Integrated townships are being touted as the latest trend but it will take some years and lots more development before this comes true, finds Anuj Srinivas

The high-rise apartments here seem plucked straight out of an urban planner’s sales catalogue: neatly trimmed lawns, landscaped gardens and freshly minted homes. Shopping is an easy stroll away on the wide side-walks. A greenbelt surrounds the town like a wreath.

The project, the 80-acre Arun Excello Estancia on GST Road, designed as a remedy to suburban sprawl, and many others like it, are on the rise in and around Chennai.

Townships and ‘company-towns’ used to be commonplace in countries such as the US and the UK before the popularity of the motorcar and general maturing of the Western economy. However, as has increasingly been happening, what is dying in the West is now booming in India and other emerging countries.

Company towns

Unlike company towns, on the lines of Tata Steels’ township in Jamshedpur, which dominate the various manufacturing hubs of North India, Chennai has witnessed a more integrated township trend, with over 28 townships ( in various stages of planning and construction) sprouting over the last two years.

“The broad trend appears to be that townships are the popular form of development. At the heart of the problem is that most people cannot afford a property in the heart of the city anymore. The idea of open spaces, with amenities such as a clubhouse, gymnasiums and parks, is something they could get only at a very high price inside the city, if it all,” says Ganesh Vasudevan, Vice-President, Indiaproperties.com, adding, “While the land area for townships can vary from 10 acres to 2,500 acres, an average area of 100 acres is taken as a benchmark for normal townships.”

Green spaces

For prospective buyers, who have a mid-sized budget, the appeal in an integrated township lies largely in the wide green spaces that come as part of the township package. It is for this reason that the majority of townships are located on the OMR stretch, which offers greater potential compared to North or West Chennai.

“A large part of moving to the periphery is that for a not-so-sky-high price we can still get some fresh greenery, and let our family enjoy it. Finding a place like that in the city has become too hard these days,” says Sheila. K, home-maker, who has booked a flat in a township in Oragadam.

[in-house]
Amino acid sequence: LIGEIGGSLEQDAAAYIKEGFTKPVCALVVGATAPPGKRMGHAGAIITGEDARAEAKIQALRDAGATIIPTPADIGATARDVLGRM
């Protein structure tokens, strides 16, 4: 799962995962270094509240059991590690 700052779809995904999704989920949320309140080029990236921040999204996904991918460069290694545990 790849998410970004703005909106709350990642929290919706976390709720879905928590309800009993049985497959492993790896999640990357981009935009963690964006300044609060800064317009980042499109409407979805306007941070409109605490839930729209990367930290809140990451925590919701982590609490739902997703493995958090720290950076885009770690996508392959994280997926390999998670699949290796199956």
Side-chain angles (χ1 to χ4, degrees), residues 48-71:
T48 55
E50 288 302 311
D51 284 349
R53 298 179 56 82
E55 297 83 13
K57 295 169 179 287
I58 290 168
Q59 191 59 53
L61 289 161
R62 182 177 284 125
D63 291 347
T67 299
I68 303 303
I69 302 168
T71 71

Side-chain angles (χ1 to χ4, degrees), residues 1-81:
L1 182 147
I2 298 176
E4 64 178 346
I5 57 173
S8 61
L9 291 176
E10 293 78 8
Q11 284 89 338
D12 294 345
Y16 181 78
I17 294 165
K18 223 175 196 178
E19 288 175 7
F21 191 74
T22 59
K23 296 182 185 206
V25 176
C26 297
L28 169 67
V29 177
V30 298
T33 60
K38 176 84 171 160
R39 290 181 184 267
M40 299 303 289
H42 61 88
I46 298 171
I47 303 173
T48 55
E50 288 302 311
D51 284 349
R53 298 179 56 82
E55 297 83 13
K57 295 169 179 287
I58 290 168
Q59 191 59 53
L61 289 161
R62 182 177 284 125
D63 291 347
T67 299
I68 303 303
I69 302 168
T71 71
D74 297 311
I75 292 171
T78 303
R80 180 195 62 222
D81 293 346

Interestingly, industry analysts point out that the partnership of many Chennai-based CBSE schools has led to the rapid growth of integrated townships. This is in contrast to business townships such as Mahindra World City in Chengelpet, where business development and employment drive growth.

Of the 28 townships, over half have schools such as Vidya Mandir, P.S. Senior, Padma Seshadri and Delhi Public School attached to them. “The biggest argument against townships is always that most people don’t want to move to the periphery. People from outside Chennai move here largely because of the amazing health and educational facilities available. Therefore, when they invest in a township, they want to make sure the best educational and health infrastructure is in place. This is where schools play a major role,” says Badal Yagnik, Managing Director, Chennai, Jones Lang LaSalle.

“As for the work commute, most IT jobs are on OMR, which is where most townships are as well. Therefore, if you have a township which has a minimum of 1000-3000 apartments, a high-quality school is something that’s a must, which serves as a pretty big lure,” says Yagnik.

Sustaining the trend

While the supply of townships has shot up, what cannot be ignored is that most of the townships still enjoy only about 60 per cent occupancy. The prospect of a reduced cost-of-living is not yet scoring major points, as a majority of the projects are a year away from being completed, and the absence of a social ecosystem is still keeping buyers away.

“What people have to keep in mind is that most of these projects are still in Phase 1, or are in the pipeline. Although amenities and retail establishments have been promised, there are still easily two years before we can tell whether this will happen. Right now, there isn’t much entertainment or retail out on the peripheries, and people still have to come into the city on weekends,” says N. Hariharan, Director (Chennai), Cushman and Wakefield India.

According to Hariharan, any cost-of-living advantage that might kick in later due to reduced commuting costs is not yet countering the absence of movie theatres and the like. “We will be able to tell whether the township trend will continue only over the next two years. Occupancy isn’t close to being full anywhere, and peripheries such as OMR and GST still need to be developed and provided with retail establishments and shopping malls before we see whether the township concept can be sustained,” says Hariharan.

More In: Habitat | Features